vicious_cycles-20 Carl Schlemowitz founded Vicious Cycles in 1994, and has been building custom steel frames in picturesque upstate New York ever since. Like so many many other framebuilders in the northeast Carl’s first inspiration to build came from Fat City Cycles, in his case it was spending the mid-eighties atop an early Fat Chance mountain bike. Vicious Cycles is primarily a mountain bike brand, and mountain bikes are how I first met Carl back in the early 2000s, with path’s crossing through mutual friends and tradeshows since. Having regrettably missed the pigroast invites of years past it was a treat to finally stop into the New Paltz, NY home of Vicious Cycles.

Vicious Cycles was an early 29″ and single speed adopter, making their frames, unicrown forks and signature paintjobs a mainstay of the east coast mountain bike scene. After some twenty years in the business Carl is now opening up the shop to students, offering week-long framebuilding or frame painting classes through his Metal Guru program. Carl works with other guest builders to offer classes and workshops outside of his particular expertise, widening the offerings to those looking for particular facets of continuing education. I’ve heard positive reviews, and seen a great final result, from the Metal Guru program.

Workspaces are as individual as their owners, it’s great to catch a few moments behind the scenes. Learn more about Metal Guru lessons in bicycle manufacturing at metalguru.viciouscycles.com.

Via Bicycle Philadelphia Photo Gallery


Via Bicycle and proprietor Curtis Anthony are Philadelphia cycling fixtures. There’s no telling how many used bikes of all vintage have found new life under Curtis’ watch since opening in 1982. The first floor is a working repair and used bicycle shop, the upstairs floors a veritable museum of American cycling open by invite only. Mention the password, get the tour. Listen and learn.

It was a priceless couple of hours spent looking at old stock and hearing the history of various bits from Curtis on a visit two months back. It’s a tight space, with a remarkable number of historic bikes and ephemera crammed into upper floors, above a bike shop already housing most anything you could imagine from the past ~25 years of cycling parts. The reverse of geologic formations, the really old kit is in the rarely visited third story. I’m grateful for the time I had to see the treasures Curtis has collected over the years and only wish we each had a week to spend up there — Curtis dropping history, myself playing the role of a wide-eyed schoolboy. The below images barely scratch the surface of Via Bicycle, a taste of one of the more incredible spaces full of bicycles I’ve yet visited.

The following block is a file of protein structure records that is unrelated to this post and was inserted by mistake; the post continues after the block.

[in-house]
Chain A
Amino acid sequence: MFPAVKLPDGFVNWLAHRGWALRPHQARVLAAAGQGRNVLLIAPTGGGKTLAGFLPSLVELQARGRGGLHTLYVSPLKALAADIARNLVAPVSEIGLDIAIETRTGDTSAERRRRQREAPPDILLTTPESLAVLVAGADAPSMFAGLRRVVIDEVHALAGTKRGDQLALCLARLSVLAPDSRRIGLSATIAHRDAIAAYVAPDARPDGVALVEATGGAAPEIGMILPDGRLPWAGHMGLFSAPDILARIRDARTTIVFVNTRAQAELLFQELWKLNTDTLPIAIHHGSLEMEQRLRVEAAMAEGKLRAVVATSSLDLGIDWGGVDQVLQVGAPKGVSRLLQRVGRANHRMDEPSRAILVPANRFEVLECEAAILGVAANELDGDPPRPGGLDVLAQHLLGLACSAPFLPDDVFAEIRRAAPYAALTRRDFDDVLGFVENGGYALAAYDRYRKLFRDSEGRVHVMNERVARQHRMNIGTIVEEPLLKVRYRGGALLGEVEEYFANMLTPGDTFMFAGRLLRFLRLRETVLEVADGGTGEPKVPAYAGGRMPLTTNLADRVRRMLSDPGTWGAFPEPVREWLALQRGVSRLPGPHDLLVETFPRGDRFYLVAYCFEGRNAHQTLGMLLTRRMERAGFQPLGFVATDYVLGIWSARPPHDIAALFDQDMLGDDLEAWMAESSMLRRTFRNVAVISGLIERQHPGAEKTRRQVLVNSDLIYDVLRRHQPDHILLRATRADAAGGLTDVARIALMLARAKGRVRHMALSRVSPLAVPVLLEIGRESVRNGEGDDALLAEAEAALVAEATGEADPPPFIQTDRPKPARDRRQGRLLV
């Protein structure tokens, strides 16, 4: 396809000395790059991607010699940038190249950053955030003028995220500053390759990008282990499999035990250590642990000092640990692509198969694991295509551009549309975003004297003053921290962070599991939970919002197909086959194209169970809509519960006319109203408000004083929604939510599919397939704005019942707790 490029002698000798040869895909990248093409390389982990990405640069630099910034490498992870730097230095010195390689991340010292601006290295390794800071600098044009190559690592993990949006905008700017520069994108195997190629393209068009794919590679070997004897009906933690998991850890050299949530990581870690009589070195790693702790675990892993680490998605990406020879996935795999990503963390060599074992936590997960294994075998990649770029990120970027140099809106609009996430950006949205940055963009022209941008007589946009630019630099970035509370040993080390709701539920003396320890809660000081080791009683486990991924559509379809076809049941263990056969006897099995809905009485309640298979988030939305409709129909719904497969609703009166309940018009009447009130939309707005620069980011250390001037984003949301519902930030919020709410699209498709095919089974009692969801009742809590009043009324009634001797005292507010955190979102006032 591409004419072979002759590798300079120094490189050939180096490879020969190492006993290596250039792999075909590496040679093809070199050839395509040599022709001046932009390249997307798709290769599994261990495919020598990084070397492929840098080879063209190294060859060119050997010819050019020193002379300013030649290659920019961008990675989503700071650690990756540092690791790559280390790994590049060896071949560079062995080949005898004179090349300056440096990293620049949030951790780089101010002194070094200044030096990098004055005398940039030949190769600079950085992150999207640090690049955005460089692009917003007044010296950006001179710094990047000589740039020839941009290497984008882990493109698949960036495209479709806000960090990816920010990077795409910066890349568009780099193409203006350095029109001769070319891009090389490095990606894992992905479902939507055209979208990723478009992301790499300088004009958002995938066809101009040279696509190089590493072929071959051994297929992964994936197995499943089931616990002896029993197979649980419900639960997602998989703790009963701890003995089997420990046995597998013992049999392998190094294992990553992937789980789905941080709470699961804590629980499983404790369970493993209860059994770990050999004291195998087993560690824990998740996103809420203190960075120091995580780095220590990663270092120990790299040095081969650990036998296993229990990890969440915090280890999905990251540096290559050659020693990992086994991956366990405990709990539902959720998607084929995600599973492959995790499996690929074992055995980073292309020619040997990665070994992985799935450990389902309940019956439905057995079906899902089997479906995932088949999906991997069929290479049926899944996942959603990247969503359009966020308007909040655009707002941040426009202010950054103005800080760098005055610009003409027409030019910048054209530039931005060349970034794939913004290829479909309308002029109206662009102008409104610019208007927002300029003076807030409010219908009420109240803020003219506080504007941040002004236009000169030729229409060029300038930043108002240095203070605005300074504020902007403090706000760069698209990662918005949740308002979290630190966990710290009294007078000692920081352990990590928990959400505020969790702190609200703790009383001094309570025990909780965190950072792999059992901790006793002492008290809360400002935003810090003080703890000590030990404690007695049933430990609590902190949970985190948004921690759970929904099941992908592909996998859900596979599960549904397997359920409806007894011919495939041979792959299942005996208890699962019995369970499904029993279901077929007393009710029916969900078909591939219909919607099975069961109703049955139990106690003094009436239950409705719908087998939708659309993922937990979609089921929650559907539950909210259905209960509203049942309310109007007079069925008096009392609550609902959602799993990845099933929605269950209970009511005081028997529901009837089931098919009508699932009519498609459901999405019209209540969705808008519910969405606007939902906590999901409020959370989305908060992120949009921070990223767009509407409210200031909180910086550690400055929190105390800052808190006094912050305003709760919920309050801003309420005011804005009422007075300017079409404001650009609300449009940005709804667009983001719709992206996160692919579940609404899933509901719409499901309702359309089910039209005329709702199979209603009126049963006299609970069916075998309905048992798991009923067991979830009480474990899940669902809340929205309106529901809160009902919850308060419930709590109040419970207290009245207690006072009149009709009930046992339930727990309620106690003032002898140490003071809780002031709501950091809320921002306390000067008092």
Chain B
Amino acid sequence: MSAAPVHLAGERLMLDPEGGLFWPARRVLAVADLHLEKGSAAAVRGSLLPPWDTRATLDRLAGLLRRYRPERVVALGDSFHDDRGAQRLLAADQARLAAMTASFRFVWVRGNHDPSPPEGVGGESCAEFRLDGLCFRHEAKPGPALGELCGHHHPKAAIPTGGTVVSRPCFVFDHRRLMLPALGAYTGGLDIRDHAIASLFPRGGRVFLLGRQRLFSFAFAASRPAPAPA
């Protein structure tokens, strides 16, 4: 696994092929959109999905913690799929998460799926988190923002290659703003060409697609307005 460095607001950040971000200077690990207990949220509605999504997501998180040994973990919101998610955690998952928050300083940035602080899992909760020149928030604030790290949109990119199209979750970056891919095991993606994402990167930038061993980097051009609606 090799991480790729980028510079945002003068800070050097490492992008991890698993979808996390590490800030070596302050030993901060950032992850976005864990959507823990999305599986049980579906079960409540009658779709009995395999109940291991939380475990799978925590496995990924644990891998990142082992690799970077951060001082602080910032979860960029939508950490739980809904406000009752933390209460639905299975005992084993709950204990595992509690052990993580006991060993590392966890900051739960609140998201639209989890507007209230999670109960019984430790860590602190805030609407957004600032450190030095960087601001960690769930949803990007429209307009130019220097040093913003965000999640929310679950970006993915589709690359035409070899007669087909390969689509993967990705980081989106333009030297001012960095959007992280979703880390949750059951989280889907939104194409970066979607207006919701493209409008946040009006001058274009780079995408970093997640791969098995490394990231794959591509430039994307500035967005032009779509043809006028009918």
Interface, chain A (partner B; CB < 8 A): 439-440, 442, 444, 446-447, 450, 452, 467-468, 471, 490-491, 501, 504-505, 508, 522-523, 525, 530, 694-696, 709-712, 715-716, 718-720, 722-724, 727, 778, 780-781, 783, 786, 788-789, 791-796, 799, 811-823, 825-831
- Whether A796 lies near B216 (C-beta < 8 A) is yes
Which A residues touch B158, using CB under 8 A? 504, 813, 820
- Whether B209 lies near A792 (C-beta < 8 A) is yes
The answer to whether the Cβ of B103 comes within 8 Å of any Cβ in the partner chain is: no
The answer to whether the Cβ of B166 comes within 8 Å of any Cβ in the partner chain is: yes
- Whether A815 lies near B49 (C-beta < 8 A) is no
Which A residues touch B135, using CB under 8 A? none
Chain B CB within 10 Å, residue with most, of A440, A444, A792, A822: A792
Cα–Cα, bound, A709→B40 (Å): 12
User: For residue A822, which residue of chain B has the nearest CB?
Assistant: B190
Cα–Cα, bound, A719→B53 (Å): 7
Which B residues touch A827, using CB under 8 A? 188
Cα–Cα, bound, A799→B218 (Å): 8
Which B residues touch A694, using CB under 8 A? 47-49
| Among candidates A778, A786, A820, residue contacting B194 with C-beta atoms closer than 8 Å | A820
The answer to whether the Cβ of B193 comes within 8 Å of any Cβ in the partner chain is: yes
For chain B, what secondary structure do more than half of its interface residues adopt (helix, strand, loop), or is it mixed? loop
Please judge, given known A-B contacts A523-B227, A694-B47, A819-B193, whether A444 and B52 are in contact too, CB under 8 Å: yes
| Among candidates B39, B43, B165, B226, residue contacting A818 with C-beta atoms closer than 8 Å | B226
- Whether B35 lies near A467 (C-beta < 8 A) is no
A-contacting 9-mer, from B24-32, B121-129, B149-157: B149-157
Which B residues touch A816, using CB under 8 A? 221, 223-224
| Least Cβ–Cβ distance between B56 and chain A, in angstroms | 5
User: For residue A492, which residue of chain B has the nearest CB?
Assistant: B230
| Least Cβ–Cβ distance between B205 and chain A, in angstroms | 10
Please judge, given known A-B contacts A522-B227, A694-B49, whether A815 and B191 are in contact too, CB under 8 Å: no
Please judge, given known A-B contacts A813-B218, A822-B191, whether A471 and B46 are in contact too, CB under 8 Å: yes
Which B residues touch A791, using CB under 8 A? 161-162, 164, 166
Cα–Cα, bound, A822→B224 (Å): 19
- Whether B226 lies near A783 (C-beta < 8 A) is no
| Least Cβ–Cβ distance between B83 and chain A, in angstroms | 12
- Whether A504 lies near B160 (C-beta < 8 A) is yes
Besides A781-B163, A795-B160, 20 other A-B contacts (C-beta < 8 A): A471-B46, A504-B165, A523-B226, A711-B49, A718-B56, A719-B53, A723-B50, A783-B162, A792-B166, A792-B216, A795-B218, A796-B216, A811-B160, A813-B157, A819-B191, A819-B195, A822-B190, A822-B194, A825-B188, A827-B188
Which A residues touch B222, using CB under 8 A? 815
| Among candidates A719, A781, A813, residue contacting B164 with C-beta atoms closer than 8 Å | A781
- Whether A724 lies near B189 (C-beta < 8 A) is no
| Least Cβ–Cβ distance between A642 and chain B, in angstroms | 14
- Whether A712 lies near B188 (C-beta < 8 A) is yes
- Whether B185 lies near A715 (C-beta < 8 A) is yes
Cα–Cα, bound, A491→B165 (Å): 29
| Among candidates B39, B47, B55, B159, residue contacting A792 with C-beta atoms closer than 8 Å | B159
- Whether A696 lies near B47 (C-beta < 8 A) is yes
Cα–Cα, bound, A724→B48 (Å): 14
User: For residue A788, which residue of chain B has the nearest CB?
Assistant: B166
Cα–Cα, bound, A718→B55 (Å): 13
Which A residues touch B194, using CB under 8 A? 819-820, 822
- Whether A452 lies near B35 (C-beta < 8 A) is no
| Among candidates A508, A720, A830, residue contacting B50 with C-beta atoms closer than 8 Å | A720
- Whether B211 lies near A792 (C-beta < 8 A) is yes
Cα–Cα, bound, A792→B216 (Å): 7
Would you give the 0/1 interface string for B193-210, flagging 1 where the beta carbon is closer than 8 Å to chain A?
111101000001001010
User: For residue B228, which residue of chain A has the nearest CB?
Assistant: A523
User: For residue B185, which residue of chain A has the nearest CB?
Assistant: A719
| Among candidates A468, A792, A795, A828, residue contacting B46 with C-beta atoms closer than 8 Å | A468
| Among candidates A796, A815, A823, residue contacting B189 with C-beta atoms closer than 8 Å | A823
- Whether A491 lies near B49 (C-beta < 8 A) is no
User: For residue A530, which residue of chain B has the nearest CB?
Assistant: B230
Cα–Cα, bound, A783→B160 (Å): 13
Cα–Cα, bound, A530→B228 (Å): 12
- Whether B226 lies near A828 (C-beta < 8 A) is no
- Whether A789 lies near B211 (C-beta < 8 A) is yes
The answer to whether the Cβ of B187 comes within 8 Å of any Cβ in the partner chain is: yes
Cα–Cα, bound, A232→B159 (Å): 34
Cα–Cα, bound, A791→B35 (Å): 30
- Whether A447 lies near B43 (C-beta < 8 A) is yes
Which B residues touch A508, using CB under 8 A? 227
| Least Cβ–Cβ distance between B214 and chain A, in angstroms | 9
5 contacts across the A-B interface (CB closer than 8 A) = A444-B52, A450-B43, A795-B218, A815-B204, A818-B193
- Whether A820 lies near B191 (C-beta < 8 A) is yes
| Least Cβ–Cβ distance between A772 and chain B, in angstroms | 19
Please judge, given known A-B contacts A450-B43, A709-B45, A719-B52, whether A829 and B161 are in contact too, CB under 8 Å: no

Engin Cycles Shop Tour Gallery


Drew Guldalian and his Engin Cycles brand have risen to the top of the custom bicycle market over the past decade. Housed in a large garage space behind his bike shop, Wissahickon Cyclery, the Engin Cycles workspace is as I imagined it from my interactions with Drew over the years. Meticulously organized and clean as it gets, the workspace matches the finish and attention to detail of the bikes leaving with the Engin headbadge. There is a lot of experience at work here with a full shop and framebuilding operation in one location, a rare combination that no doubt contributes to complete bikes being that much better. While past bikes from Engin may have sported steel tubes and braze work, from here on out Drew is putting his focus on making the best titanium bikes out there. Engin Cycles is not for the bargain custom buyer, this is a no-expense spared operation to make the best bicycles possible. It is clear that Drew takes this goal seriously every step of the way, producing the kind of bikes most of us can only dream of someday owning. Always great to see a bike being born and get another perspective on frame construction from a veteran of the craft.